If this is you, this is unfortunately common for two kids under two.

5). So much love, laughter and cuteness. Double the babies, double the love.

I still love it. I love motherhood. My girls are hands down the best things that ever happened to me. Whether it is my infant making t-rex noises or my eldest running in circles screaming “circle, circle, circle,” I really enjoy these little people I get to help mold. When my eldest gives me a kiss or my littlest lays peacefully on my chest making me feel their love, it just makes all in the world seem right. I am where I want to be: motherhood.

If this is you, this is why two kids under two is completely worth it.

So give me spit up, poop blowouts, heavy lifting, and no me time—twice the baby love makes two kids under two a pretty special club to be apart of.

 

Why It Is Hard For Me To Accept Help Even While Being In Third Trimester Of Pregnancy

“Let me give you a hand with Vivienne (my 18-month old) so you can go get something to eat or sit down?”

“It’s okay, I got it.” I politely smile back.

“Want some water, I will go get you a glass?”

“I am fine, but thanks.”

“Let me hold your diaper bag at least.”

“I. Got. It.” Words tersely spewing out of my mouth through gritted teeth.

When you are thirty-five weeks pregnant like me, and with a toddler in tow, people tend to want to help you out—especially the nicer ones (I mean, I would do the same thing!). It’s a very kind gesture and a lot of people love the help, but news flash: I absolutely loathe it. My immediate reaction is a deep want to Kung Fu the person (sometimes with nunchucks depending how persistent said person is) trying to assist me. Normal? Not really, but I can’t help this visceral reaction.

In fact, when my gynecologist said that I may have to start taking it easier in the third trimester and lift my daughter less, my first reactionary thought was lo siento, no Ingles (meaning, I don’t want to comprehend what you are saying, so I am going to pretend I can’t…). But I nodded, Uh huh, as that suggestion went chugga chugga into one eardrum and choo choo out the other like a runaway train.

So why this sour attitude toward kind Samaritans?

Well for most of my life I associated any form of help with me being incapable. This may be partly because when I was in third grade, I was diagnosed with a processing problem, meaning it takes me a little longer to take in information than most students. My mom made me get a tutor to “help” me, which I translated as, “Dani, you are a idiot.” My being a failure became an internal mantra.

Summer of third grade is also when I was introduced to my close companion, ED (Eating Disorder). The typical internal monologue of someone who takes on ED as a best friend is “I am not enough” “I am a failure” “I don’t deserve pleasure” “I have no worth.” These thoughts only exacerbated and confirmed my internal mantra making it a constant theme song in my life: The Dani Sucks At Everything Show. This could be why, it took me until I was twenty-six and had health complications to finally ask for the help I needed to be-rid myself of ED—the frequent guest host in my life.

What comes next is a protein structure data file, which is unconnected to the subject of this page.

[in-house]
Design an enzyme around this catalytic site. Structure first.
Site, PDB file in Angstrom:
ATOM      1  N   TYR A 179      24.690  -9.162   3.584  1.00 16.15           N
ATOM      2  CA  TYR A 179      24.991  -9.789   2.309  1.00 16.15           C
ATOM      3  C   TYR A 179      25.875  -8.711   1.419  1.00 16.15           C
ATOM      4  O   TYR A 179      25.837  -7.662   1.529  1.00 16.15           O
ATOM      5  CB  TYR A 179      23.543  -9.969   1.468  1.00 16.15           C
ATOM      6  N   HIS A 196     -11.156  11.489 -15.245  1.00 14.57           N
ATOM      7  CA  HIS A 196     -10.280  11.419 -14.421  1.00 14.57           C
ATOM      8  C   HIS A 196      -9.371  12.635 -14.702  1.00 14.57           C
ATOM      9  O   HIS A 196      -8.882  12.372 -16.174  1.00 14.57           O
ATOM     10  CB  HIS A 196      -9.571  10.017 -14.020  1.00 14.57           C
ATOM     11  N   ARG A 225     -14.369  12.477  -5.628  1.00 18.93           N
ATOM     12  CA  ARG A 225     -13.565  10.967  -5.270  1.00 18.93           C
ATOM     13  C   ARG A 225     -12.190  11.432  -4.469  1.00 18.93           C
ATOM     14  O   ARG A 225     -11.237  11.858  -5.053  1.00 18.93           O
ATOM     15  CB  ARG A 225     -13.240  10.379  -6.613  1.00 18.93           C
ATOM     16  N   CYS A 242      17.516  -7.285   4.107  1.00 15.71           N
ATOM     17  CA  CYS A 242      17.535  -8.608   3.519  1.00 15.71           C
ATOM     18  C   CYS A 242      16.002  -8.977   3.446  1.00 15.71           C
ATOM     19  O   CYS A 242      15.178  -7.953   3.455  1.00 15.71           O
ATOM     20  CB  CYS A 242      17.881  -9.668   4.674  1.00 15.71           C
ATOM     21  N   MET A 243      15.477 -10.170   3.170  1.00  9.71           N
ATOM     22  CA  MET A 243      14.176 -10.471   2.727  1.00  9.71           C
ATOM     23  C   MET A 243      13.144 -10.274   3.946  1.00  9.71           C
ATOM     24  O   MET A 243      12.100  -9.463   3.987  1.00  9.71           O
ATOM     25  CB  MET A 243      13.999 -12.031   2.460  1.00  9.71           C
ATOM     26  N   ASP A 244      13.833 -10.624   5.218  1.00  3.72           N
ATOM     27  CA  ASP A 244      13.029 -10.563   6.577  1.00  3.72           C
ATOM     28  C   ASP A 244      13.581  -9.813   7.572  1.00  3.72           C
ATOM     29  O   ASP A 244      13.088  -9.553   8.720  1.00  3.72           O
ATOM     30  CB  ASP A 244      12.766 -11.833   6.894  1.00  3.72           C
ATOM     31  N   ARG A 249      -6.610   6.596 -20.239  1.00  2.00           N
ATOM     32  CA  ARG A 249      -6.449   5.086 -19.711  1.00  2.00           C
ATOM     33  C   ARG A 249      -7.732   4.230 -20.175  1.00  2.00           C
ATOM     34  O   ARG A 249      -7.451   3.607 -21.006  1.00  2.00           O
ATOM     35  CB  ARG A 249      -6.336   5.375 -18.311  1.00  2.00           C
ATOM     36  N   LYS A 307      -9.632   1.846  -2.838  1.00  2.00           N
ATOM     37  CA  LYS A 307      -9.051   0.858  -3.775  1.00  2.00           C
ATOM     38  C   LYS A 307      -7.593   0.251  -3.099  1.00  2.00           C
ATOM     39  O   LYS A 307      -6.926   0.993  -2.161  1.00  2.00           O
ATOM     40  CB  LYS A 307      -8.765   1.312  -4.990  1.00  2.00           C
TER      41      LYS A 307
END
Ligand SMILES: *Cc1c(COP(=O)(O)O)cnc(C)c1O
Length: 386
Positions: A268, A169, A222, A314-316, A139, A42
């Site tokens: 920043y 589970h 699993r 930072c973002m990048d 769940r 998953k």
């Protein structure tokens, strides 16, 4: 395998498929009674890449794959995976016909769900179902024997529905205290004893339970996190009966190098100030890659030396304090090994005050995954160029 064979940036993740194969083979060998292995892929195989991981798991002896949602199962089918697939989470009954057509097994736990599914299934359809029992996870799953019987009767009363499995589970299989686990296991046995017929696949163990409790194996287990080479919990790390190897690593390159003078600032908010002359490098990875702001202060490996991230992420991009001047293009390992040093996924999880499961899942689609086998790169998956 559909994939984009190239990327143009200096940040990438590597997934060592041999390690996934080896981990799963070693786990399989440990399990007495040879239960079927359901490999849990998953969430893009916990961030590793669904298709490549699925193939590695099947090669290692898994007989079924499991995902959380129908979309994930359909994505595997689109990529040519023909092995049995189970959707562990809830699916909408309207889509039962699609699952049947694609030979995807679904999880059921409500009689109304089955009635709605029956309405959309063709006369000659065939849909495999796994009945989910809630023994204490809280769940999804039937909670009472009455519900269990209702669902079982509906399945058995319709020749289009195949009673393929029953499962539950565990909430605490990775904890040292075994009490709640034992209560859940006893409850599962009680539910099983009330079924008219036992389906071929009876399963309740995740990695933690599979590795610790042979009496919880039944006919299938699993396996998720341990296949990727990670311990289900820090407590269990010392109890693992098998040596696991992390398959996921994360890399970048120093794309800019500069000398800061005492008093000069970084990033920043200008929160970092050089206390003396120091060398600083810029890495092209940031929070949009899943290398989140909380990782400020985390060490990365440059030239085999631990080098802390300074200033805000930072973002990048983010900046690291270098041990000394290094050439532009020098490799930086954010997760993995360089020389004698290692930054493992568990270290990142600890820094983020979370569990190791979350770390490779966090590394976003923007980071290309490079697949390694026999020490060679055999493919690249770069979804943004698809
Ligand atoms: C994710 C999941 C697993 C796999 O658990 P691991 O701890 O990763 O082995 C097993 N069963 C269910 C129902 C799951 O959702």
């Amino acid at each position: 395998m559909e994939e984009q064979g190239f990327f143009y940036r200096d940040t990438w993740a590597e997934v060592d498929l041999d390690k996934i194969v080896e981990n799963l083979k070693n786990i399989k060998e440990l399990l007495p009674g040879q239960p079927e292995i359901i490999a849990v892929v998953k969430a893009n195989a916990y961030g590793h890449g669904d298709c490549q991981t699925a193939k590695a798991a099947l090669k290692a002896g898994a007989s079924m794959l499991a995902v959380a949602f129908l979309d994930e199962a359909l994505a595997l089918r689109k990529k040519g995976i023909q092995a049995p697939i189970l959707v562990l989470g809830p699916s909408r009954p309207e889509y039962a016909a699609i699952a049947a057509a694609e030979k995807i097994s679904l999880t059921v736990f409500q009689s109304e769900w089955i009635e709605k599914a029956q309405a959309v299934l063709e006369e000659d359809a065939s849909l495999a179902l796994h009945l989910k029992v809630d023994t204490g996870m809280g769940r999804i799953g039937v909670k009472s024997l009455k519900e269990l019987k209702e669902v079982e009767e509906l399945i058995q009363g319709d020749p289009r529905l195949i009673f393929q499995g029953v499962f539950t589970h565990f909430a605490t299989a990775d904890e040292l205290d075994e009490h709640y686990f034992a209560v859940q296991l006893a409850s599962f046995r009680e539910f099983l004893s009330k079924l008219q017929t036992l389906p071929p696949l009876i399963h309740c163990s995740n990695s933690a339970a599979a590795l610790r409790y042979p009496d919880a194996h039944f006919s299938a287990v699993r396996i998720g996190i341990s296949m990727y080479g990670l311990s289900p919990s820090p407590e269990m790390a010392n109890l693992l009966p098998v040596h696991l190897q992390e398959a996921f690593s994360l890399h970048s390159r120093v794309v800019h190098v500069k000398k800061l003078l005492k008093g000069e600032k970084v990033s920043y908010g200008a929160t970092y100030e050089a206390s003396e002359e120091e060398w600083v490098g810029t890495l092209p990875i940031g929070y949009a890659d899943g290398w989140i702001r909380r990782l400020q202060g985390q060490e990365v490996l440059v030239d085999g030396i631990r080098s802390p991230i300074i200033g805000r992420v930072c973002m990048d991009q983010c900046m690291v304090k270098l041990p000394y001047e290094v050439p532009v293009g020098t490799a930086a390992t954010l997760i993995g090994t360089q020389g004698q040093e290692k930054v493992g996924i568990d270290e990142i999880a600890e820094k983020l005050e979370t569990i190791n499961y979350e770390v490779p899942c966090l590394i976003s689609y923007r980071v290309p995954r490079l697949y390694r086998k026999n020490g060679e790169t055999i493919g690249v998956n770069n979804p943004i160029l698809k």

I also grew up in an upper middle class town surrounded by a lot of people that were fortunate. Some seemed to take their fortune for granted, which made me as an observer, go the completely other direction—not wanting any handouts. My parents are very successful so it was always assumed everything was taken care of for me and that assumption angered me. At the height of my ED, I became all about being completely independent and taking care of everything myself, not caring if it was hurting me—black and white thinking till the very end.

So Please Have Patience with Me

 “Dani, I wish I could do more to help you out,” my husband says as he lathers Benadryl Itch Stopping Gel on my back, to alleviate my third trimester night itching I have developed.

“I am fine and you are helping me by doing this,” I answer as the cool lotion takes over my itchy skin, calming it down.

“No, you never let anyone do anything. It’s frustrating,” he laments.

This is our nightly routine.

Look, I have come a long way. I am almost five years into recovery (December 3, 2017 is the big day); feel the best I ever have, but go go go is just a huge part of my personality and take it easy is not in my vocabulary. I will at least now accept help at times when I am exhausted or overwhelmed, but I am a work in progress in regards to wanting help at all times or just because. I have found my gray area, but my gray area is still a type-A-personality-who-likes-to-achieve-on-her-own. So as long as the doctor says my baby is doing well, I plan to keep up my current pace. This self-reflection has left me wondering if it’s a me thing or an ED thingDoes any one else who has struggled with ED have this distaste or struggle with help as well?